Drumroll, please ….. tomorrow the very first “MakerBot Innovation Center” will open at SUNY New Paltz’s Digital Fabrication Lab. Here’s to our future explorations. Let’s make something good.
I’m especially looking forward to hearing Bre Pettis, one of MakerBot’s co-founders and CEO, speak. Is he to 3D printing what Steve Jobs was to personal computing and consumer electronics? We shall see …
Meanwhile, see www.brepettis.com/
Later: And here is Bre …
Four months after it opened in October 2013, I finally made it to Out of Hand: Materializing the Postdigital, the exhibition showcasing digital fabricated artifacts—apparel, domestic objects, furniture, jewelry, vehicles, even buildings!—at the Museum of Art and Design / MAD.
A few pieces were standouts for me: a chair form wrapped in what looked a stretchy, tensile, plastic lace. And a lovely series of apparel with the kind of architectural shaping and folding rare in analog design and production. A family tree of 3D printed miniature chairs was amusing in its recombinant way. (It’s the current background for this page.)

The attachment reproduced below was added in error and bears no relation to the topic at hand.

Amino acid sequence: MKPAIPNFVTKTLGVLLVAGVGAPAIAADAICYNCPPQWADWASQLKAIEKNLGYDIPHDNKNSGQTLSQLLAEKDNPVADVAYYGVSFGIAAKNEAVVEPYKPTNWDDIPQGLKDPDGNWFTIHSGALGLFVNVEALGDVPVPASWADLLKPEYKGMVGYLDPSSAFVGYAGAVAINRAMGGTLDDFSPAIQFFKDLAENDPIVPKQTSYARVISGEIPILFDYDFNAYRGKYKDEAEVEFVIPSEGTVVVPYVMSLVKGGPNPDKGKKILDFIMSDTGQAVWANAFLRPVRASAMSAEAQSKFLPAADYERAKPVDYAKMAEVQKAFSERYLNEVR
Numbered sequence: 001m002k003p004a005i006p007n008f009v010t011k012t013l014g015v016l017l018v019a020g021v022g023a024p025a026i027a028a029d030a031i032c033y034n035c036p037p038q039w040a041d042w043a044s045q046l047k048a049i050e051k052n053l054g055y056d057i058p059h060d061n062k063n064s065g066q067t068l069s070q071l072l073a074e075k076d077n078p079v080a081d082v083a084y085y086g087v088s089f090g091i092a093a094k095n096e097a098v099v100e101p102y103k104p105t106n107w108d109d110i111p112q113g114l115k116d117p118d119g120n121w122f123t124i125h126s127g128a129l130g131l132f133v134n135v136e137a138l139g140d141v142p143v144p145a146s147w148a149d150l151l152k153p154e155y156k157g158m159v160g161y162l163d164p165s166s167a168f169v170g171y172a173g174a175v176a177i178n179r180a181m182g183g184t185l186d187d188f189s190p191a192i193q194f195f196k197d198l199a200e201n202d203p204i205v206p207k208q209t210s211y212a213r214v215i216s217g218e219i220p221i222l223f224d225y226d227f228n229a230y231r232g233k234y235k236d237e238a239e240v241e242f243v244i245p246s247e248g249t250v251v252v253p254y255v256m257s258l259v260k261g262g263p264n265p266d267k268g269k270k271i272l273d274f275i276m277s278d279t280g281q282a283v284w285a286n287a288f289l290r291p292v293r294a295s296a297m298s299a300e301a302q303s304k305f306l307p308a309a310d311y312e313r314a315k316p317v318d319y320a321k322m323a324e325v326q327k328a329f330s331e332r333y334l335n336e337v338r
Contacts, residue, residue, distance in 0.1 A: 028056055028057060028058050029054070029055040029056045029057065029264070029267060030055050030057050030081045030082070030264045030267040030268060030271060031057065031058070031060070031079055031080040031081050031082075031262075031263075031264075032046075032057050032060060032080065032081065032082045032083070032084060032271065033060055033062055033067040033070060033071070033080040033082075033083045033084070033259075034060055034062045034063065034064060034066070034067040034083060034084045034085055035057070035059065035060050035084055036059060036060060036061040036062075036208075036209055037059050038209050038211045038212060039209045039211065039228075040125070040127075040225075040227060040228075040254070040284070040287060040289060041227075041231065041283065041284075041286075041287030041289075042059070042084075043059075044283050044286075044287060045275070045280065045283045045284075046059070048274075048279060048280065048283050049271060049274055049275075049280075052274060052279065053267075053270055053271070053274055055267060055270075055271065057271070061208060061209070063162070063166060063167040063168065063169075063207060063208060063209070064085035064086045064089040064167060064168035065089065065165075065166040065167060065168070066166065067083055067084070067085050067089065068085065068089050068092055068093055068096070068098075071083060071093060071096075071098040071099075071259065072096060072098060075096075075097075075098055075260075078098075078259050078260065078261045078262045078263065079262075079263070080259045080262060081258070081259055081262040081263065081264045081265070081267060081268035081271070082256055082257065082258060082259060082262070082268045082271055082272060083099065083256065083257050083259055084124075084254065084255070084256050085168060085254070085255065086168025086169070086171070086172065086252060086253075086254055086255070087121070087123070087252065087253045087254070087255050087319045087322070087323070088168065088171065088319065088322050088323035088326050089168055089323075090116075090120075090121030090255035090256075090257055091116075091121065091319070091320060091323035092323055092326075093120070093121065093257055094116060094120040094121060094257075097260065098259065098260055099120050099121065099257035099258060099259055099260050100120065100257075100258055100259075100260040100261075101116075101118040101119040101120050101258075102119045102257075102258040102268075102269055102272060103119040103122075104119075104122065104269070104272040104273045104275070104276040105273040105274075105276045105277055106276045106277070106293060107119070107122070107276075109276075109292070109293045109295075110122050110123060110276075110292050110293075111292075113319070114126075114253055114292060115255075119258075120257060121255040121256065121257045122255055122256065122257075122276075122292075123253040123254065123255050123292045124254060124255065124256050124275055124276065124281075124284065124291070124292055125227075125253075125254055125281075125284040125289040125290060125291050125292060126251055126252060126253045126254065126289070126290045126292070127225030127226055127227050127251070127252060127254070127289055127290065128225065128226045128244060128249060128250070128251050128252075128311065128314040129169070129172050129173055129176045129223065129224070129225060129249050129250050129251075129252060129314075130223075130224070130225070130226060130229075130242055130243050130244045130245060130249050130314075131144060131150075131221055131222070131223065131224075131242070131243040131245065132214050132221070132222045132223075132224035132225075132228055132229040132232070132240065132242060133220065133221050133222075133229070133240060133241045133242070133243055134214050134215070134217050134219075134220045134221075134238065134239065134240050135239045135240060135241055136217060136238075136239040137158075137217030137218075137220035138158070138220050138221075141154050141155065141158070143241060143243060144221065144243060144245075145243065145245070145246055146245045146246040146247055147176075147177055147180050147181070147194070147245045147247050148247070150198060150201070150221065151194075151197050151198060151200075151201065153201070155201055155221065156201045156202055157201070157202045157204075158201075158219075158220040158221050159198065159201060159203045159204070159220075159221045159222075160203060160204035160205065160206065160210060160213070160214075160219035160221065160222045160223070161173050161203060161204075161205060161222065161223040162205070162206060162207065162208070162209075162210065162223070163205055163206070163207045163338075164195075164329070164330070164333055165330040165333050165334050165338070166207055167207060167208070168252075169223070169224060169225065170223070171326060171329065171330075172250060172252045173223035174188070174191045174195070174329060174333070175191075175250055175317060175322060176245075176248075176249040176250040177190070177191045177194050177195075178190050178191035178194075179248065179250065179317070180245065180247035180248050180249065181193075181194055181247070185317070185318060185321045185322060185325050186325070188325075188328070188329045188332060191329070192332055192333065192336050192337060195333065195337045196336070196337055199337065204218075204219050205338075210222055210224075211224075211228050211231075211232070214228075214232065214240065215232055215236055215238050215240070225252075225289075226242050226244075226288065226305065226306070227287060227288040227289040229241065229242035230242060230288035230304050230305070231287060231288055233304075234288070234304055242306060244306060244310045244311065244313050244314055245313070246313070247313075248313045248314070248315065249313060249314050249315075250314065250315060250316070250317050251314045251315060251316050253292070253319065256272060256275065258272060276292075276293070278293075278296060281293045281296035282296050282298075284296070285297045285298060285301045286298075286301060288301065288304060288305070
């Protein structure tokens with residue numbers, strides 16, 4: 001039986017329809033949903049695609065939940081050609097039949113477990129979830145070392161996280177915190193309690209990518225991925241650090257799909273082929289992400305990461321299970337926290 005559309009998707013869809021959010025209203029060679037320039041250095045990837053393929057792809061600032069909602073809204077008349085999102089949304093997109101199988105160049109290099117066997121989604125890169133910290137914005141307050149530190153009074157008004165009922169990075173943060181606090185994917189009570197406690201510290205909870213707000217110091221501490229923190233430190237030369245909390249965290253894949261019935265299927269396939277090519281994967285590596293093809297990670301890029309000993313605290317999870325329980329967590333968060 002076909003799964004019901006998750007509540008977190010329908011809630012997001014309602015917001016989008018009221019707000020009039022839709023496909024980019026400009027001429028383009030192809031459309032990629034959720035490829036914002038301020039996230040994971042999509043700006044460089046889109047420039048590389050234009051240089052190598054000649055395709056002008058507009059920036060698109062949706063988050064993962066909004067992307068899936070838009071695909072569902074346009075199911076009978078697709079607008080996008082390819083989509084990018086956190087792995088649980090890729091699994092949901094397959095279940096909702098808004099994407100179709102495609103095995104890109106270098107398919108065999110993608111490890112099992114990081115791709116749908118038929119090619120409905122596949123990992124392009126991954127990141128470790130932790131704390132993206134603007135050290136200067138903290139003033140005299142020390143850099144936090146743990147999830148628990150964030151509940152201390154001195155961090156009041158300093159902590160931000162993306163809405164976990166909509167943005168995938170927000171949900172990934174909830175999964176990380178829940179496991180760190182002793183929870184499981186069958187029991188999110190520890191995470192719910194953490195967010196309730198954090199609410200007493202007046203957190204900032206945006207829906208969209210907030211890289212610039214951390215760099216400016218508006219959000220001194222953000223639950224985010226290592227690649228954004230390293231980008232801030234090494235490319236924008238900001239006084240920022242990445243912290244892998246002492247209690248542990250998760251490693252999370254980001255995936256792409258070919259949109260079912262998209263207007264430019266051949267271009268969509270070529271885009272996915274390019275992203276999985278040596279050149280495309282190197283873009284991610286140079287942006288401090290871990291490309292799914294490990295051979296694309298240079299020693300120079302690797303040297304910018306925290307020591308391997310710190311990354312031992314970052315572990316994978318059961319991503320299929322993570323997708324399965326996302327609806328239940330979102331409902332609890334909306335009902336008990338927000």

In keeping with the very nature of the exhibition, rather than shipping finished works to MAD, some pieces were locally 3D-printed by the Dutch-founded, NYC-based Shapeways. The work in the show is the best advertisement of both their shop and what 3D printing has to offer.
That being said, Shapeways’ own gallery space within the larger show was lackluster and disappointing. Can someone find a more interesting way of showcasing materials and processes than tchotchkes?
Last night I joined a dozen folks gathered in a hackerspace in Highland for a hands-on session on how to make interactive soft art. Four hours later, I’d created a battery-powered circuit connected to a pressure sensitive interface. Depending on where you touch the interface, the soft, stuffed heart (hey, Valentine’s Day is coming!) glows at a variety of intensities and colors. My hands were too busy to document the process, but here are outcome shots:
Nice to learn as we chatted and worked that many of the people there were SUNY New Paltz graduates from the Art Department and School of Science & Engineering. As my 12-year old daughter commented (she made a glowing heart, too), they all seemed too young to have accomplished so much: many teach (K-12 and higher ed, public and alternative settings), all are creatively engaged, many prototype and invent (interfaces, software, hardware, hybrid materials) in-house and solo. The mixture of art, science, analog, digital, material, post-physical is naturally STEAM-y.
The event was run by Squidwrench. On the horizon is a project involving our Art Education students and run by my colleague Prof. Aaron Knochel.